“At an irrigated site we visited recently, there was a lot of healthy-looking barley grass and the site was swarming with aphids,” Dr Pirtle said.
“But it was also swarming with beneficials – there was more lady bug larvae than I’ve ever seen in one spot and they were really going to town on the aphids.”
The work doesn’t stop there. At cesar’s Melbourne research facility, a risk forecasting tool is being developed to interpret the field data to help growers and their advisers plan RWA management strategies at the start of each season.
“We are creating interactive risk maps using real time data that predict the risk of RWA distribution and abundance into the next season. It’s a way of leveraging knowledge about the green bridge into useful tools that will help growers make crop protection decisions before, during, and after the season,” cesar’s James Maino said.
“You will be able to see broad differences between the States and can zoom in further to see what specific risk exists for a particular region, as well as see data generated by the project on absence and presence of RWA detected during our field work.”
In the meantime, growers are being encouraged to perform their own RWA surveillance over the coming months.
Weeds and volunteer cereals harbouring aphids may not necessarily show symptoms of infestation typically found in crops and populations are likely to be smaller at this time of the year, so Dr Pirtle advises growers to closely inspect grasses by unfurling leaves and checking inside partially emerged heads, paying particular attention to annual weedy barley grass.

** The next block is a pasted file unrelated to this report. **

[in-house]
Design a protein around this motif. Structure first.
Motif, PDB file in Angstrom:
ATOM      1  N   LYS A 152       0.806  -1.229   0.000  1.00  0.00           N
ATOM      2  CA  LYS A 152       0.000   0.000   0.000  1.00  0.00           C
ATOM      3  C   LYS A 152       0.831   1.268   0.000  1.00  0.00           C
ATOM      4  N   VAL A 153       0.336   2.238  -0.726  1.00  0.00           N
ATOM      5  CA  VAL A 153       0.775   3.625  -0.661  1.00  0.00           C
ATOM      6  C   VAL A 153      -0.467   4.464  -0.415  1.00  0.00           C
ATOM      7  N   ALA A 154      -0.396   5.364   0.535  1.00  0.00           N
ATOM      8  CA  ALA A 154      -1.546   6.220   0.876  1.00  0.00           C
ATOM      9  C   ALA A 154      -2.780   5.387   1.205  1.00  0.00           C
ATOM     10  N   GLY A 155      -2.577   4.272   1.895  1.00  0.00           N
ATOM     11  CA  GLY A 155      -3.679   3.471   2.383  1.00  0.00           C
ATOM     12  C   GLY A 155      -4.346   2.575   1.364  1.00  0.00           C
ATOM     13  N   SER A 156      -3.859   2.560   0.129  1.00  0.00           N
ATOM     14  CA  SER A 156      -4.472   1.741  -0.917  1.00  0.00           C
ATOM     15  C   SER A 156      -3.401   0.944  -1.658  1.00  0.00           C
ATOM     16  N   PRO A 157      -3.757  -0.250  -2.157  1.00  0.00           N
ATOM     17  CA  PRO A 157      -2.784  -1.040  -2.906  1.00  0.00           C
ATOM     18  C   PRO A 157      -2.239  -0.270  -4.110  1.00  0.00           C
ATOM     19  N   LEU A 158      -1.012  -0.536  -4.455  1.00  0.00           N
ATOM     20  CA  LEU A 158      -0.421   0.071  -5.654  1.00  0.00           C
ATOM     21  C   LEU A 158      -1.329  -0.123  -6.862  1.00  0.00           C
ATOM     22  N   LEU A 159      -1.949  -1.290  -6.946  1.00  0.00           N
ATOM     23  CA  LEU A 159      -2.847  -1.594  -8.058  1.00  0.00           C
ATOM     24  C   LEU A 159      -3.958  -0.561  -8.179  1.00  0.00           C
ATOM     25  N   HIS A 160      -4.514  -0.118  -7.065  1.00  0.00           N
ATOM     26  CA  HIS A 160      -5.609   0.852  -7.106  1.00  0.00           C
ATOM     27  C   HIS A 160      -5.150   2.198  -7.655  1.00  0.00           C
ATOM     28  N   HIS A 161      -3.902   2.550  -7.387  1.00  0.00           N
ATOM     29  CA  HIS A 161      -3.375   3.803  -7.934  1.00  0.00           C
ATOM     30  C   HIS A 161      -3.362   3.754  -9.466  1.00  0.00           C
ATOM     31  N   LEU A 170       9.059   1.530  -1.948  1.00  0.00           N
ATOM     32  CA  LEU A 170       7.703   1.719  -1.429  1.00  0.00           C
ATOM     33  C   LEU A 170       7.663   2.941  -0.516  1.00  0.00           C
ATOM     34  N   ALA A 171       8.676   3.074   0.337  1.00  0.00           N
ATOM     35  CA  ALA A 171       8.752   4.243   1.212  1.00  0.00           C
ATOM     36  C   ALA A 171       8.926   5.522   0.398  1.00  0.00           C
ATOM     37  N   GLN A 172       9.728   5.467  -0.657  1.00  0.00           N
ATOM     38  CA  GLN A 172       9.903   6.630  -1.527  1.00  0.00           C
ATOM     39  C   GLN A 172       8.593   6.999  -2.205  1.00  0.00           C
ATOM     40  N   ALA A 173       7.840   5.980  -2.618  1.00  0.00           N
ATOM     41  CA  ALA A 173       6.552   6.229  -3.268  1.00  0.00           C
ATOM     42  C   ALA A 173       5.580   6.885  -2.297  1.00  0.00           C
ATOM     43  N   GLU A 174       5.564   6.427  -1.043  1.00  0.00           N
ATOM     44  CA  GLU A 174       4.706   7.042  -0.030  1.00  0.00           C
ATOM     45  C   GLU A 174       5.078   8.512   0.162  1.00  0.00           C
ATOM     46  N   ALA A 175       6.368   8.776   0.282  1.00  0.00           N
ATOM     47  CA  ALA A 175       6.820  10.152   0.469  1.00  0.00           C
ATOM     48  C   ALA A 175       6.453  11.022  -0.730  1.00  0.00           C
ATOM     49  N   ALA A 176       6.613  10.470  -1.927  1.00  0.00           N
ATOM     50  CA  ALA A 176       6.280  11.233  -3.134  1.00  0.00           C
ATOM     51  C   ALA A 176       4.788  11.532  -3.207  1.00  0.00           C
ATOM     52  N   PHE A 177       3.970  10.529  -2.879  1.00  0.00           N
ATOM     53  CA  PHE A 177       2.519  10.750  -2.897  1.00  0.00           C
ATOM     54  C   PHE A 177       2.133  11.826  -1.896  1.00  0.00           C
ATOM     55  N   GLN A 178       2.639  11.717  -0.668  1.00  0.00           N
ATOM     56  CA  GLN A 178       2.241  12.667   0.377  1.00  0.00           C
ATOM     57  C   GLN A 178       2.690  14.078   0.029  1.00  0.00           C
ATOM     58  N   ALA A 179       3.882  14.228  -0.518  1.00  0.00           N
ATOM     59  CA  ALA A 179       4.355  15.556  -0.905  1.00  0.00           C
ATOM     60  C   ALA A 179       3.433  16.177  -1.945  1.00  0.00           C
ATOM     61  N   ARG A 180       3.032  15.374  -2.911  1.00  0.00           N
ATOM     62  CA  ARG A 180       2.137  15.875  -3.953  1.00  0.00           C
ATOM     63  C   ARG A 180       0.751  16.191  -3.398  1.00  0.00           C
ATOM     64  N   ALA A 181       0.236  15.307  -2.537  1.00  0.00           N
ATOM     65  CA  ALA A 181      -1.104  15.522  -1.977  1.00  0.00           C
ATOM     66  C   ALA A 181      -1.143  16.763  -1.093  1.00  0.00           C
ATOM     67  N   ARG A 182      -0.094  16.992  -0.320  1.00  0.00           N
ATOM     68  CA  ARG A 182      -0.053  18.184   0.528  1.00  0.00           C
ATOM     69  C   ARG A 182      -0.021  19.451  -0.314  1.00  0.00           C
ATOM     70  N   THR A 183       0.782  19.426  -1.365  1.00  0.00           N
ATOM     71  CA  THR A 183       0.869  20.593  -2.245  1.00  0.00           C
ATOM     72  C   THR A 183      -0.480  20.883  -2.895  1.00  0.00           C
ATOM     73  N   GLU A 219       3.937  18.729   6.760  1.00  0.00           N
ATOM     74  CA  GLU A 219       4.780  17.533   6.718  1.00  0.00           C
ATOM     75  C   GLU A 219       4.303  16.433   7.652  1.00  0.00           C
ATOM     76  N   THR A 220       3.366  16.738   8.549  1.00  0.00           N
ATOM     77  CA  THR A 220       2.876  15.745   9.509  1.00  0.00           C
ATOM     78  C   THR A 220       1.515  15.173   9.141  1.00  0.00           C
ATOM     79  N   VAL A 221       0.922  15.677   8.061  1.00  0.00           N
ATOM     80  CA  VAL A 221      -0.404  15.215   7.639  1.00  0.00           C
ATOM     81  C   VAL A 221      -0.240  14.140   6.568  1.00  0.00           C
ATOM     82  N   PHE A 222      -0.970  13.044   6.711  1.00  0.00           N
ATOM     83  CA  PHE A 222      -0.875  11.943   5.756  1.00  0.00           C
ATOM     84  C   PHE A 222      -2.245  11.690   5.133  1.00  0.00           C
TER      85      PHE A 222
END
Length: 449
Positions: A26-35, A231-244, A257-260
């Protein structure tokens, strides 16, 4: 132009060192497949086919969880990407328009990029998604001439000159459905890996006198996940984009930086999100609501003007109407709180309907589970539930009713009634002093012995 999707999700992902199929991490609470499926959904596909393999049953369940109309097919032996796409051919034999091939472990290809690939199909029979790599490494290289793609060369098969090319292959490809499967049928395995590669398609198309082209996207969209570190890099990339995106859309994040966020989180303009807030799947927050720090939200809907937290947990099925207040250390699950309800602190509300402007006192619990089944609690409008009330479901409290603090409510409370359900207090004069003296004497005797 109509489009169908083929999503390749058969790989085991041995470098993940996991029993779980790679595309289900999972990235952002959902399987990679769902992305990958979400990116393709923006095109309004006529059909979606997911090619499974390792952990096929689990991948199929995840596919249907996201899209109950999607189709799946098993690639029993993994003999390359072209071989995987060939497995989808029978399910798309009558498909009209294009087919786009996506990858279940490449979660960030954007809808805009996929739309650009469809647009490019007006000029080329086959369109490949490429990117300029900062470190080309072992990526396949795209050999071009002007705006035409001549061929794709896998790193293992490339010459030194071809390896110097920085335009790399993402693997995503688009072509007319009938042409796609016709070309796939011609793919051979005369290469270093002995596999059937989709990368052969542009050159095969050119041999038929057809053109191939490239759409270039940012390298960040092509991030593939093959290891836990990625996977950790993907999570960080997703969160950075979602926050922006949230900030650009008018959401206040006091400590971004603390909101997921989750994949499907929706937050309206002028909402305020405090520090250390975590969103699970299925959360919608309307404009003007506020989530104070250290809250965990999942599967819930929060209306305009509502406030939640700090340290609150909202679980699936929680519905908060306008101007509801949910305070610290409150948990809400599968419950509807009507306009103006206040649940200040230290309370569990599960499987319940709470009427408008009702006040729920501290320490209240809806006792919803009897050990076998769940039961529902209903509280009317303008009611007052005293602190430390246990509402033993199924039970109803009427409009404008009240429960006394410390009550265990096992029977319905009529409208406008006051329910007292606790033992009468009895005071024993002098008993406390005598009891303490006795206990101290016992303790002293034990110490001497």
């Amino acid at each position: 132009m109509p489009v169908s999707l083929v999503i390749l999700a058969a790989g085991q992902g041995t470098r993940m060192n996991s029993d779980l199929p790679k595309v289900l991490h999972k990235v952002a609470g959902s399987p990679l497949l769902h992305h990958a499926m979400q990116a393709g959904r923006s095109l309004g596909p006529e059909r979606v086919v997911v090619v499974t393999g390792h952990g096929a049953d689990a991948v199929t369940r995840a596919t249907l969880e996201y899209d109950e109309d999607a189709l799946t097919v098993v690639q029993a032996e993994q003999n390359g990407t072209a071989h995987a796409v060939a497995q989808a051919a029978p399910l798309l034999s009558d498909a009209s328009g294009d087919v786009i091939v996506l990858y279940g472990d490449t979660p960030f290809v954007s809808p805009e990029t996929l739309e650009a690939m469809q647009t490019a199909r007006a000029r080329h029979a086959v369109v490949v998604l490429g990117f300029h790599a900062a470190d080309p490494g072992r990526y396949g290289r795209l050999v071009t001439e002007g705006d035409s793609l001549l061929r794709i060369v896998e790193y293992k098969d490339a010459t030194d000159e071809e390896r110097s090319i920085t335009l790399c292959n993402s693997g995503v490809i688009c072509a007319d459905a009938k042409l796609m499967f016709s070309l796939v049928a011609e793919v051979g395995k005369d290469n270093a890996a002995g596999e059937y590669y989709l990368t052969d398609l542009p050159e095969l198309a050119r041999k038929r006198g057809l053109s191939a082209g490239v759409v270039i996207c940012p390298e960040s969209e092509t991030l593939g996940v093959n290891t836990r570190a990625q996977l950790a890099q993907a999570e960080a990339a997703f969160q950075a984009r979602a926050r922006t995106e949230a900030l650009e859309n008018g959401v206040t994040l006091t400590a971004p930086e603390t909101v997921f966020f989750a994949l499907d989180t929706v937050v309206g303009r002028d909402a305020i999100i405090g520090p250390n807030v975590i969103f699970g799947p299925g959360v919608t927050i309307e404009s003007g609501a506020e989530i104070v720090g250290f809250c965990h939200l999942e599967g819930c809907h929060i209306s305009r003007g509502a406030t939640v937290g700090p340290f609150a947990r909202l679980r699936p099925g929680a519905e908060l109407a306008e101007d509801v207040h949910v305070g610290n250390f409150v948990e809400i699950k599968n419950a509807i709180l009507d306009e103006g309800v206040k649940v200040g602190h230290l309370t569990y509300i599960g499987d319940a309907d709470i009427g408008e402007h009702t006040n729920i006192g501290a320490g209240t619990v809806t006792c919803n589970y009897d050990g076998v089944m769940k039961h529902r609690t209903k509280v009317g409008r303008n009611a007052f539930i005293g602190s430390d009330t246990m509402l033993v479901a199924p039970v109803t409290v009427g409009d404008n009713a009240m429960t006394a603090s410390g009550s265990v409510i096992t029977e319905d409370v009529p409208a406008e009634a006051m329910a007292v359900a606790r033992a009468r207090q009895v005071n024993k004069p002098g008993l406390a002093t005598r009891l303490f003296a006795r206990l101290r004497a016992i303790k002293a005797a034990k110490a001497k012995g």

Growers should also look for signs of predatory insect activity, such as mummified aphid bodies resulting from parasitic wasps laying eggs inside the aphid.
Data from this summer’s surveillance work by cesar will be combined with findings from research partner SARDI which has been replicating the green bridge study in SA, as well as conducting separate field trials in RWA-affected regions to measure yield loss on different host crops growing under a range of environmental conditions to develop regional economic thresholds.
The new two-year research effort builds on previous GRDC investments conducted by SARDI and cesar which focused on seasonal factors influencing RWA population growth, biotype confirmation, varietal susceptibility, damage and yield loss, and chemical efficacy.
The current project will culminate with an update of the GRDC RWA Tips & Tactics guide, which can be found at https://grdc.com.au/TT-RWA.
Further information on RWA management is contained in the Russian Wheat Aphid: Tactics for Future Control publication, available at https://grdc.com.au/rwa-tacticsfuturecontrol, as well as I SPY, a comprehensive crop insect identification manual, which can be viewed at https://grdc.com.au/I-SPY. A RWA resource portal hosted by cesar is available at http://bit.ly/2Px67tu.
Growers and advisers are encouraged to report occurrences of RWA to the GRDC’s PestFacts services (http://bit.ly/2O3hoBj for south-eastern, and http://bit.ly/2O35bMX for SA) and to take advantage of pest identification services provided by cesar and SARDI through the National Pest Information Service.
Suspected RWA detections in currently unaffected States should be reported to the Exotic Plant Pest Hotline on 1800 084 881.